What I Wish I Could Tell My Boss About My Undiagnosed Chronic Illness
I’m sorry I haven’t been honest with you about my health. I know that you’re trying to support me, you’re trying to help, and I really appreciate that. I don’t know what to tell you. I wish there were ways you could help, but I’m not sure there are.
At this point, I don’t know what’s wrong with me. I don’t know if this is something that can be easily fixed with medication or another treatment.
I don’t know when I’ll have answers for you. Yes, I could tell you any of the previous diagnoses which were used to explain some of these symptoms when they’ve happened before, but I don’t know how much that would help. You shouldn’t need a name of an illness to be ready to help me. I don’t know if I’ll spend my next few days or weeks seeing doctors and specialists to get answers. I’ve done that before. I have many specialists I’m more comfortable with at home, but that’s halfway across the country. I have already been to two doctors this time, and they don’t have answers.
I don’t know how long this will last. I might be better in a week, or this might be something we’re dealing with for the rest of my time here. I know that doesn’t make it easy. It’s one thing to reschedule a meeting if I might feel better next week; it’s much harder to do when I don’t know when I’ll be able to go to the meeting.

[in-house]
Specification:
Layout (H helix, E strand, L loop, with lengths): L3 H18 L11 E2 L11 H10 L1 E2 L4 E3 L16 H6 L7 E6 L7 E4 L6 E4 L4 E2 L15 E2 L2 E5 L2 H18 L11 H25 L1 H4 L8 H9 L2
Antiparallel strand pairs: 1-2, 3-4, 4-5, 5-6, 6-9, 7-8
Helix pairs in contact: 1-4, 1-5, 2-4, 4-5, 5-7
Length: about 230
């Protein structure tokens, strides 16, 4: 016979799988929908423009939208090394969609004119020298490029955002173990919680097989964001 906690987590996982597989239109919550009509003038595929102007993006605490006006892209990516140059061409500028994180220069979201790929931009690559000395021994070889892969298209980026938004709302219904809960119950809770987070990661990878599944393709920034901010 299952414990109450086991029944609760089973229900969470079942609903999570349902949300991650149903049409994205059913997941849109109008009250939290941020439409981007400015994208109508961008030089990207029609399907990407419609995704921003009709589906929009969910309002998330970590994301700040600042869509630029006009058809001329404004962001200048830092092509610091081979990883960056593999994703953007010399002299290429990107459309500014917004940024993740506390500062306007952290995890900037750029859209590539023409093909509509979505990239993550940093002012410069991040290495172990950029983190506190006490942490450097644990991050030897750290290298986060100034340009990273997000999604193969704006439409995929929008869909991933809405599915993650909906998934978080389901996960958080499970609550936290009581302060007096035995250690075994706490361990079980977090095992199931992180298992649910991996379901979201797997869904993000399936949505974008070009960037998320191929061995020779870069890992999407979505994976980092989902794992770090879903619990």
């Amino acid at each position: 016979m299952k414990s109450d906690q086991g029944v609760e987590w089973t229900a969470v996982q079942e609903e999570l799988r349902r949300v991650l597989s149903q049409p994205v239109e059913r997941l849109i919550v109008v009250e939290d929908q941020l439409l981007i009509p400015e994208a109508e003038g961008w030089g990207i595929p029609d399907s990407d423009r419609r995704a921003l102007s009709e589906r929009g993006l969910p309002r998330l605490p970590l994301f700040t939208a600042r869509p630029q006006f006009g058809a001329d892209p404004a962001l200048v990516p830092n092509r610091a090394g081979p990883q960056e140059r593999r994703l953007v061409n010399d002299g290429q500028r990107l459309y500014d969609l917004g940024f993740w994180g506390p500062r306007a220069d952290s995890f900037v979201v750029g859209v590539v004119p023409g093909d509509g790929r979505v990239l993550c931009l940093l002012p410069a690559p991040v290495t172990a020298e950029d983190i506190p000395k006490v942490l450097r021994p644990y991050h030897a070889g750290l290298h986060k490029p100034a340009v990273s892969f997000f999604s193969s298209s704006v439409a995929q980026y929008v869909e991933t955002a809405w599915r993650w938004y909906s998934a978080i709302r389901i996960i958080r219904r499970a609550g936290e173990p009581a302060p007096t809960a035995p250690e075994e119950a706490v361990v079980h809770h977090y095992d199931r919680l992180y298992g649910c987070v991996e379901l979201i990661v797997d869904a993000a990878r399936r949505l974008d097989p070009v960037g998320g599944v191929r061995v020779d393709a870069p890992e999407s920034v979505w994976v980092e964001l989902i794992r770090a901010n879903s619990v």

I don’t want to have to prove to you how sick I am, but I will if I need to. The last time this happened, after three months of trying to get a diagnosis so I could get help from my professors, my doctor diagnosed me with a concussion. We both knew I never hit my head, but we also knew that I needed time if I had any chance of finishing the semester. A concussion covered some of my symptoms, and we hoped it would give me time to recover. I don’t want to go through any of that process again. This time, I do have formal academic accommodations because of my chronic illnesses, but I hope I don’t have to use them. You say that you want to be supportive, and I hope that’s true. We can involve the administration if we have to, but it’s so much less work if we don’t.
I appreciate it when you ask questions, and when you offer to help. Sometimes even just telling someone that I’m not doing OK can be endlessly helpful. But sometimes I’m not ready to do that. And I really appreciate that you accept when I don’t have answers.
I need you to know that I’m scared. It’s terrifying to get out of bed and not know if you’ll faint before you get to the kitchen. It’s terrible having pain that you don’t know if or when it’ll go away. So yes, I might seem distant or distracted during our meetings. I might not care about some things as much as I used to. But I’m trying.
I know answers would be helpful, and believe me, I feel the same way. I just don’t know yet. In the meantime, time and space and patience would be the most helpful things you could offer. I need time to rest, time to see the doctors I want to see, time to learn what works for me. I need space to experiment with different treatments. And I need patience. I still want to work on my projects as much as I can. I still want to plan regular meetings because there are things we need to discuss. But I might have to cancel them last minute, and I might show up unprepared. This semester might not look how you imagined it would, but I will do my best to finish what needs to be done.
This story originally appeared on Purple Garlic.
Getty image by Nadzeya_Dzivakova.